Kessler, Judd B., and Alvin E. Roth. "Don't Take 'No' for an Answer: An Experiment with Actual Organ Donor Registrations." NBER Working Paper Series, No. 20378, August 2014. View Details
  8. BMVSS: Changing Lives through Innovation One Jaipur Limb at a Time (Abridged)

    Srikant Datar, Saloni Chaturvedi and Caitlin Bowler

    Bhagwan Mahaveer Viklang Sahayata Samiti (BMVSS) is an Indian not-for-profit organization engaged in assisting differently-abled persons by providing them with the legendary low-cost prosthesis, the Jaipur Foot, and other mobility-assisting devices, free of cost. Known for its patient-centric culture, its focus on innovation, and for developing the $20 Stanford-Jaipur knee, BMVSS has assisted over a million people in its lifetime of 44 years. As the founder, Mr. D.R. Mehta, thinks about the financial sustainability of BMVSS, he must devise a strategy that will sustain its human impact well into the future.

    Keywords: Nonprofit Organizations; Financial Condition; Health Care and Treatment; Diversity Characteristics; Growth and Development Strategy; Giving and Philanthropy; Medical Devices and Supplies Industry; Health Industry; India;


    Datar, Srikant, Saloni Chaturvedi, and Caitlin Bowler. "BMVSS: Changing Lives through Innovation One Jaipur Limb at a Time (Abridged)." Harvard Business School Case 115-009, July 2014. View Details
  9. Second-Opinion Pathology Review is a Patient Safety Mechanism that Helps Reduce Error and Decrease Waste

    Lavinia Middleton, Thomas W. Feeley, Heidi W. Albright, Ronald Walters and Stanley Hamilton

    We have a crisis in health care delivery, originating from increasing health care costs and inconsistent quality-of-care measures. During the past several years, value-based health care delivery has gained increasing attention as an approach to control costs and improve quality. One proven way to control costs and improve the quality of health care is subspecialty pathologic review of patients with cancer before initiation of therapy. Our study examined the diagnostic error rate among patients with cancer treated at a tertiary care hospital and demonstrated the value of subspecialty pathologic review before initiation of treatment.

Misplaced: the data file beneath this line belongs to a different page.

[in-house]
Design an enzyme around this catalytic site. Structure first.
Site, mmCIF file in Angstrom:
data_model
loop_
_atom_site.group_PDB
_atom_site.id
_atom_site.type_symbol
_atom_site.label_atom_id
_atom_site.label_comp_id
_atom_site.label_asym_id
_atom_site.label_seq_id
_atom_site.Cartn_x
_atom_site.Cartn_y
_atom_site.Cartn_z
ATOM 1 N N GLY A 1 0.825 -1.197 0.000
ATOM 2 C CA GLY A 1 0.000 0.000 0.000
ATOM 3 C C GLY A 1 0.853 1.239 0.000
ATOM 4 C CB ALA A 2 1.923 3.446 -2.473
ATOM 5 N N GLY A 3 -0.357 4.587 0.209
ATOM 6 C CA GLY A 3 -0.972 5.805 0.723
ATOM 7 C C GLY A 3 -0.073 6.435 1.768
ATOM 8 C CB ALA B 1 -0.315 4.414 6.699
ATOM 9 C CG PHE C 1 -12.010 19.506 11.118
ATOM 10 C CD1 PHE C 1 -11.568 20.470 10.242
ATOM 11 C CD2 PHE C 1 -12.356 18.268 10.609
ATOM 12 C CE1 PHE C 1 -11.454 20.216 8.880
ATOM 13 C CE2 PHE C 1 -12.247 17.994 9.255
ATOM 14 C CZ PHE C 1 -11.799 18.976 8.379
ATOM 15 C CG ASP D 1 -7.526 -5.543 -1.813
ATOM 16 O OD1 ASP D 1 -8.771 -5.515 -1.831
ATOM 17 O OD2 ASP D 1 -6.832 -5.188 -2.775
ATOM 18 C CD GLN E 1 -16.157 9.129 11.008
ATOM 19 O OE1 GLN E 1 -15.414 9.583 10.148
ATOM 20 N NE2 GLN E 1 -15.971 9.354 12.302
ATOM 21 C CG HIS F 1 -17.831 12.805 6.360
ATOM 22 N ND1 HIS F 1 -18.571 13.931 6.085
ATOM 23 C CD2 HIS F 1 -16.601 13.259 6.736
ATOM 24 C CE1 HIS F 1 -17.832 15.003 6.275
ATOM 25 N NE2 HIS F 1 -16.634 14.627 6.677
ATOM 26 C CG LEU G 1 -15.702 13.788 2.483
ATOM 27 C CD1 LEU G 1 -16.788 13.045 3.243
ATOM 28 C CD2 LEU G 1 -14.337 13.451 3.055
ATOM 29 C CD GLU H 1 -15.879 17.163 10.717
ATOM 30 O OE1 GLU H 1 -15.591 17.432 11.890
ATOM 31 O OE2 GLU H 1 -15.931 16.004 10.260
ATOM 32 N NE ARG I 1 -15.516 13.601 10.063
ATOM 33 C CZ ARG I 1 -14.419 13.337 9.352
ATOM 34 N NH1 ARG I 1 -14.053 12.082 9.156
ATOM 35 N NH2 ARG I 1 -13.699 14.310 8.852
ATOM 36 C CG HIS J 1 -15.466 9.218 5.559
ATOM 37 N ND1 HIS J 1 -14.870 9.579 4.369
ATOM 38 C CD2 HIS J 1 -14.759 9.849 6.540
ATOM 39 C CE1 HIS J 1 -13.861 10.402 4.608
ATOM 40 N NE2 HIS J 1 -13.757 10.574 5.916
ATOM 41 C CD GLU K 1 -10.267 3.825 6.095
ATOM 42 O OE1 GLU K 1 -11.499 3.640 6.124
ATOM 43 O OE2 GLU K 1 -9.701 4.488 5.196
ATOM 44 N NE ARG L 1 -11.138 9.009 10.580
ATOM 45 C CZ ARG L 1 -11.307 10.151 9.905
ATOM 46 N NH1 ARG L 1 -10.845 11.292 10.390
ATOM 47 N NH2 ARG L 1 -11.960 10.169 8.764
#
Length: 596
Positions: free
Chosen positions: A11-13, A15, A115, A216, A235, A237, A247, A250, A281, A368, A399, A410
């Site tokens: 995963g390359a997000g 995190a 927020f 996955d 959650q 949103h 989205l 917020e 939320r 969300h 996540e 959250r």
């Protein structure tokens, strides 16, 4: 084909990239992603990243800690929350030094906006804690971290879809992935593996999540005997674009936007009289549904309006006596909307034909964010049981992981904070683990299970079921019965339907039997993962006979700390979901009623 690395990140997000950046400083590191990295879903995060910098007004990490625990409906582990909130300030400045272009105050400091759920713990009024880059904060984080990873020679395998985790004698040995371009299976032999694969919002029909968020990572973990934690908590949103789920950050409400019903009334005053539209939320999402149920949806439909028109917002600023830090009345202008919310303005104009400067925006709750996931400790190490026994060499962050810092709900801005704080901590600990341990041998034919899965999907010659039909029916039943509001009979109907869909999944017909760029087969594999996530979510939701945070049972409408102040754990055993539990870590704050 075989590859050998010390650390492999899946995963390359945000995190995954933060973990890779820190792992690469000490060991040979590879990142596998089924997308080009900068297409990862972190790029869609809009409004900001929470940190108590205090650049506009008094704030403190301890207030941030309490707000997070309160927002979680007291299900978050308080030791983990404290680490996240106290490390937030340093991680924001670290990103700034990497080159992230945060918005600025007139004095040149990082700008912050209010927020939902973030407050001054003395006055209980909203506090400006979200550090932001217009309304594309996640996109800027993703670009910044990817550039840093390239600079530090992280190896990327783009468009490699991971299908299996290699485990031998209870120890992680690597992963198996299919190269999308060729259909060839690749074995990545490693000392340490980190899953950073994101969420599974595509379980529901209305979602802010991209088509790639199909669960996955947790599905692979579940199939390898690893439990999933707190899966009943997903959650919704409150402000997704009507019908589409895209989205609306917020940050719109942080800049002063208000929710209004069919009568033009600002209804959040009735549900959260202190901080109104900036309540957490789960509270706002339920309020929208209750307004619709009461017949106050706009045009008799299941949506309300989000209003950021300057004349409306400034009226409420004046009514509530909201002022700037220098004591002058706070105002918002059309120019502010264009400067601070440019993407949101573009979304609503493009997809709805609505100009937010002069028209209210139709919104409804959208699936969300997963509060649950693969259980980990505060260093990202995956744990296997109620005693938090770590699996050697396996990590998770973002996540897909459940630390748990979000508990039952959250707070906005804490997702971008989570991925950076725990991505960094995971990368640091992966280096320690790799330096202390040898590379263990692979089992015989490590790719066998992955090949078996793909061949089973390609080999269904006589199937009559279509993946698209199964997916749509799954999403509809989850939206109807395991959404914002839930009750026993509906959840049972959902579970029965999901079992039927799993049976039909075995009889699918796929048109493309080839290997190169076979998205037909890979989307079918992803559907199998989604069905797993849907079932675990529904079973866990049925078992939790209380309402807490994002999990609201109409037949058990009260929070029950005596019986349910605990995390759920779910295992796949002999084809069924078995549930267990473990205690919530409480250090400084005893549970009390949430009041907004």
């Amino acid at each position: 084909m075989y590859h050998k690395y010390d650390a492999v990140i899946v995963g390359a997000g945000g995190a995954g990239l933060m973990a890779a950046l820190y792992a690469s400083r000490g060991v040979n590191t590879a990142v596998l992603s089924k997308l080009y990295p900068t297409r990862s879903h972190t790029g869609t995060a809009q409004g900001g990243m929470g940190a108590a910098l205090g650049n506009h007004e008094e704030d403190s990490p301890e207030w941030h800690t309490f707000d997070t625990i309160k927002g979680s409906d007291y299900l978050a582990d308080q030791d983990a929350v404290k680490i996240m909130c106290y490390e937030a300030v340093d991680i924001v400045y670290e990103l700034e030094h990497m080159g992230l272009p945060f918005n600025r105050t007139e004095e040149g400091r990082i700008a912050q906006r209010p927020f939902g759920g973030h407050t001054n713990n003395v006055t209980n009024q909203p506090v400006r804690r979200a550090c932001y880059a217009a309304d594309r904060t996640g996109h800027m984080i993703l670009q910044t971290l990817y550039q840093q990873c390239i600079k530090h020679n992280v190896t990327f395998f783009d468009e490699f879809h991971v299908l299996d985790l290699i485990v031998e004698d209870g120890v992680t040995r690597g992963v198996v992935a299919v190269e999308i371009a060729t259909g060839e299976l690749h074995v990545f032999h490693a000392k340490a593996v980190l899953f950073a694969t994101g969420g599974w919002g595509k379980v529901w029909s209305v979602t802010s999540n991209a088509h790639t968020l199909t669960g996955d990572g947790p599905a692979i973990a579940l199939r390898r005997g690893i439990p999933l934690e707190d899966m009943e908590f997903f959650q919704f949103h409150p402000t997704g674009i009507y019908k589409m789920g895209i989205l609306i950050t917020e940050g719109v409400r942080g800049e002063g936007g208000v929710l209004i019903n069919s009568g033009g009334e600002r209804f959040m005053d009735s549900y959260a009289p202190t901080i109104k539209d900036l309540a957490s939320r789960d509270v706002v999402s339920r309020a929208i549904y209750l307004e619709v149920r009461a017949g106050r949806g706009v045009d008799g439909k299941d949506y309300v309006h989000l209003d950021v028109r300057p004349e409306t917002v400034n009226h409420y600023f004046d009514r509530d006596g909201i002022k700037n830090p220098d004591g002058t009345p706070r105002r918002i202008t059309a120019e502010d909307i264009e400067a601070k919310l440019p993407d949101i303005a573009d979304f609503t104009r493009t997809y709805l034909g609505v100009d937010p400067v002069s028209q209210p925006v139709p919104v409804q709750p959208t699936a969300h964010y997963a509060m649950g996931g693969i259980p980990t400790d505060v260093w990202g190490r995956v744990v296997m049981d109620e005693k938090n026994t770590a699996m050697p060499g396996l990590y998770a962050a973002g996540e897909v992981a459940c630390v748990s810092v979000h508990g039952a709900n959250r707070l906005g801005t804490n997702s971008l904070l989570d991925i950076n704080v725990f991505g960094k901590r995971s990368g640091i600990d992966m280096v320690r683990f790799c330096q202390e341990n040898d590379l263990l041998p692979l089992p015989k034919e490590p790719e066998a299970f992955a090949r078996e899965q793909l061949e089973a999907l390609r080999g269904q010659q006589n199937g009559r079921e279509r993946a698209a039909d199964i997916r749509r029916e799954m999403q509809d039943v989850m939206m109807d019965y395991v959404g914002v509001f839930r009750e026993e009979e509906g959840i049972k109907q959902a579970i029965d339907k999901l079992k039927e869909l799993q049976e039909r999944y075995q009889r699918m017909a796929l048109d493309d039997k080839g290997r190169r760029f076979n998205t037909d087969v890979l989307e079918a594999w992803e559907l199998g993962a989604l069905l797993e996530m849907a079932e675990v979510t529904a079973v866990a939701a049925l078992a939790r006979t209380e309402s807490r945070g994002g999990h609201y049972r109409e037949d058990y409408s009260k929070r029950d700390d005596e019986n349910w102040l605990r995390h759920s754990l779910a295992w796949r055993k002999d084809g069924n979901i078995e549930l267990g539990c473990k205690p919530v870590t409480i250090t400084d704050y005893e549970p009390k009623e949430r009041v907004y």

Methods: From September 1 to September 30, 2011, all patients seeking a clinical consultation had pathology submitted to and reviewed by a pathologist with subspecialty expertise and correlated in our pathology database.
    Results: A total of 2,718 patient cases were reviewed during September 2011. There was agreement between the original pathologist and our departmental subspecialty pathologist in 75% of cases. In 25% of cases, there was a discrepancy between the original pathology report and the subspecialty final pathology report; 509 changes in diagnosis were minor discrepancies (18.7%), and in 6.2% of patients (169 reports), the change in diagnosis represented a major discrepancy that potentially affected patient care.
    Conclusion: Second review of a patient's outside pathology by a subspecialist pathologist demonstrates the value of multidisciplinary cancer care in a high-volume comprehensive cancer center. The second review improves clinical outcomes by providing patients with evidence-based treatment plans for their precise pathologic diagnoses.

    Keywords: Pathology; diagnostic errors; Health; Health Industry; North and Central America;


    Middleton, Lavinia, Thomas W. Feeley, Heidi W. Albright, Ronald Walters, and Stanley Hamilton. "Second-Opinion Pathology Review is a Patient Safety Mechanism that Helps Reduce Error and Decrease Waste." Journal of Oncology Practice 10, no. 4 (July 2014): 275–280. (e-Pub 4/2014.) View Details